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Leopard at Dusk


Of Italy, Banks and Cats

(October 15, 2013)

The mournful atmosphere of the Italian banks is quietly registering a new alarming perspective: the utter vacuum one meets when entering any bank branch in any part of the country. Tellers idly check their balance, employees sneak out for a smoke or dash to the nearest supermarket to purchase their evening dinner. Managers stare into emptiness or stroll nervously around the place. No customers in sight: nobody brings any money in, nobody places stock exchange orders; nobody even drops in to change money since no transaction can be performed any more in cash.

For the past twenty years Italian banks have been ferociously fighting to get new offices, to place an agency almost in every block. The result is dreariness in the urban landscape: nothing can be more annoying than a bank window, with those smiling faces of highly improbable customers being awarded extremely convenient loans by attractive operatives impeccably dressed in black. Only pharmacies can be less attractive than banks in showing their goods. There are far too many bank premises for existing customers, alas.

Money is running low, very low, or not running at all. Euros doled out reluctantly by the Frankfurt gnomes to Italian banks vanish immediately in the vaults of the same, ready to be used when sooner or later (with sooner more recommendable) financial operators will be called to officially write off the odd 80% of their unredeemable loans. Everyone in the trade knows the unsavory truth. Even repossession is low: banks try avoiding the costly procedures to repossess houses they financed at full market prices (once upon a time banks would lend only little more than half of registry values, much lower than market prices) and just freeze debts. Unluckily enough, the only fresh, unaccounted-for money flowing happily in comes from the thawing of deposits of dirty money finding their way to legality. This, plus tax evasion, prevents the system from collapsing.

Opening too many branch offices was one of the most stupid of all possible follies. Even twenty years ago, only the blind management of Italian banks could ignore the writing on the wall: banking on line was to be the thing, and indeed it is today. No need any more for customers to stand in line or to find parking spaces in downtown areas. And more costs for the banks. But these kept cropping up like weeds all the same. The result was and is what we see: an enormous amount of office space - costly, useless, dramatically downsized in value. When banks will try getting rid of it they will discover (they are always the last to discover reality) that those spaces are suitable only for shops, and will equally discover (same as above) that all around them there is derelict commercial space to be rented at will, as demand for shop space in Italy plunged with the sharp contraction in consumer spending. If one adds the cost of reconverting a bank into a shop (including the removal of armored doors, electronic gear, partitions, heavy safes etc.), the dream of financial improvement turns, unhappily, into a nightmare. In their utter dumbness, possibly to exploit the abundance of employees, banks are extending banking hours to supermarket hours, hoping to attract at twilight some tycoon bringing cash in, protected by the failing light. But again, nothing stirs.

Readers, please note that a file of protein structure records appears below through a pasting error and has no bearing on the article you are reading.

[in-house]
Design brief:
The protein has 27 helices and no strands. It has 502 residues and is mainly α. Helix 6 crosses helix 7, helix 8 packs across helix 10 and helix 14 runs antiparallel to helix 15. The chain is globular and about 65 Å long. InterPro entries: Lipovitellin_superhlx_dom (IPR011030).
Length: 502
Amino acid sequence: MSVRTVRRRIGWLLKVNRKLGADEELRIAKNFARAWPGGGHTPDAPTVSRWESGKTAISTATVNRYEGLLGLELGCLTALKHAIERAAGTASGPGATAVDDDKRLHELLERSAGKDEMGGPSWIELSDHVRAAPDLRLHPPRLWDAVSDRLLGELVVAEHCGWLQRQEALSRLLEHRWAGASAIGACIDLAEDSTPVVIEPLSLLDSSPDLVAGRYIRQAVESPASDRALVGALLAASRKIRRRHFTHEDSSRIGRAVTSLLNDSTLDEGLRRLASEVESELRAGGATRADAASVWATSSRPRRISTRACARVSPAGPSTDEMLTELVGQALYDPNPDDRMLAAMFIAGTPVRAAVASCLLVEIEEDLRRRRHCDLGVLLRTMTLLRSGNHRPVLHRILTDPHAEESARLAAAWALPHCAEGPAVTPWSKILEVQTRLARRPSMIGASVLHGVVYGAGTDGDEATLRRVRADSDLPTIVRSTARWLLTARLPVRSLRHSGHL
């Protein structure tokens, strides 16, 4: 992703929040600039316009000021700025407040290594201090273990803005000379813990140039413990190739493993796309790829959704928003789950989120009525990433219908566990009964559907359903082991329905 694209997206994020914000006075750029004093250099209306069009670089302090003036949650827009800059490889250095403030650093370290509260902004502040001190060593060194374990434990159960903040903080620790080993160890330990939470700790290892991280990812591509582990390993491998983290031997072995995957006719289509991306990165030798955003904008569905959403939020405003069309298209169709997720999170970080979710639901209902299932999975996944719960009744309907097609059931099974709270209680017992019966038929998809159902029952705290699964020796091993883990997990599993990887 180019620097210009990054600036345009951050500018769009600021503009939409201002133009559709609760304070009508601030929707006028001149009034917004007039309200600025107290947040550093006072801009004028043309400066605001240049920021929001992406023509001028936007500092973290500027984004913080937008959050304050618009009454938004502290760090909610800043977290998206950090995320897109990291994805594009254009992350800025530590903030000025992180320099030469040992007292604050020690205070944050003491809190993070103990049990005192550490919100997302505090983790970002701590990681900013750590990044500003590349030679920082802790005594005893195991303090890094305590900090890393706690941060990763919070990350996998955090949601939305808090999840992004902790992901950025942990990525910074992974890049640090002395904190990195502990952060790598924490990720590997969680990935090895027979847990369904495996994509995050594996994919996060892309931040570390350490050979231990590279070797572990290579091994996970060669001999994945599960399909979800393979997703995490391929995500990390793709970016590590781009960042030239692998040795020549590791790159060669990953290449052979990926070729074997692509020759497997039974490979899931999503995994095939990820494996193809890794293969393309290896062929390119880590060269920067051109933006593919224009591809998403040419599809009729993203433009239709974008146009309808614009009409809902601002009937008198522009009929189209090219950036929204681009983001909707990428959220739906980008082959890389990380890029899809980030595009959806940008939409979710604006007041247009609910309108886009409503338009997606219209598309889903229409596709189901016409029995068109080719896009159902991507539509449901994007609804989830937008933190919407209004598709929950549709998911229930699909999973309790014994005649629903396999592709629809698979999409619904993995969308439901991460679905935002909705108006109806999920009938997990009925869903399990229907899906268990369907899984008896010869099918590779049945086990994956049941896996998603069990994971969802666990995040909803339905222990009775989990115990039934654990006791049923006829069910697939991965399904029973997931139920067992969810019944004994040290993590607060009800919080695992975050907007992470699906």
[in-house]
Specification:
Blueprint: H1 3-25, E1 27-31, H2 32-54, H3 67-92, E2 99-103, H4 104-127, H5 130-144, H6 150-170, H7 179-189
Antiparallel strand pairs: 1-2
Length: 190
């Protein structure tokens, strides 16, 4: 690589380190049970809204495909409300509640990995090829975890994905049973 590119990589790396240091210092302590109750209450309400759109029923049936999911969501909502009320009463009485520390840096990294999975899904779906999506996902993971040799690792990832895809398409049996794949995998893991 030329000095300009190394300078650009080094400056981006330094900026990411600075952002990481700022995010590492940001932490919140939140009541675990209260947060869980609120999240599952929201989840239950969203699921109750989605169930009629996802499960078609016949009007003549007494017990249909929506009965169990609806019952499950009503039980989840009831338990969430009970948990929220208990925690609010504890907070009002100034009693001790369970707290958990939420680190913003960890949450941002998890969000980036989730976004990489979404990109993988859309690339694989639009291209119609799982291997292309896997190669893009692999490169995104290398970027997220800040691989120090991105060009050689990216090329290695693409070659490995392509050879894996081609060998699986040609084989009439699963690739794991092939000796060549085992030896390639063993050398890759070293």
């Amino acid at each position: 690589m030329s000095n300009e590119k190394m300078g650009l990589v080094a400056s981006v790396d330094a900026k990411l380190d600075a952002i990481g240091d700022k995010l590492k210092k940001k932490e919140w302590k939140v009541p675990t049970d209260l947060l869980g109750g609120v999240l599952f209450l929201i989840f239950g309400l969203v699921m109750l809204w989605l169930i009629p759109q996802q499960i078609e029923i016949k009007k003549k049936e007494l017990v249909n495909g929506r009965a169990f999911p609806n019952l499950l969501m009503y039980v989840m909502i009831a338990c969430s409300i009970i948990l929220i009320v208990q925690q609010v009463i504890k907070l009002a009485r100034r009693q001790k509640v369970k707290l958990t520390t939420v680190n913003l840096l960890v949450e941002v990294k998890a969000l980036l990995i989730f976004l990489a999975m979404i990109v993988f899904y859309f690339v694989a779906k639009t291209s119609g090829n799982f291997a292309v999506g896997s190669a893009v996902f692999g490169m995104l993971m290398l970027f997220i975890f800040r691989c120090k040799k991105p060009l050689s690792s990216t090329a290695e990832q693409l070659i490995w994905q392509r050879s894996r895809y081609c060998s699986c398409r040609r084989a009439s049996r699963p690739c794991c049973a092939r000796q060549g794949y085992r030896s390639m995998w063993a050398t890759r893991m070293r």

Banking by no means requires exceptional intelligence, the only requirement being just a crumb of foresight. The banks were a bit over-curious about new profit opportunities, and curiosity killed the cat. But unlike the other old saying, there’s no way that this cat is coming back.

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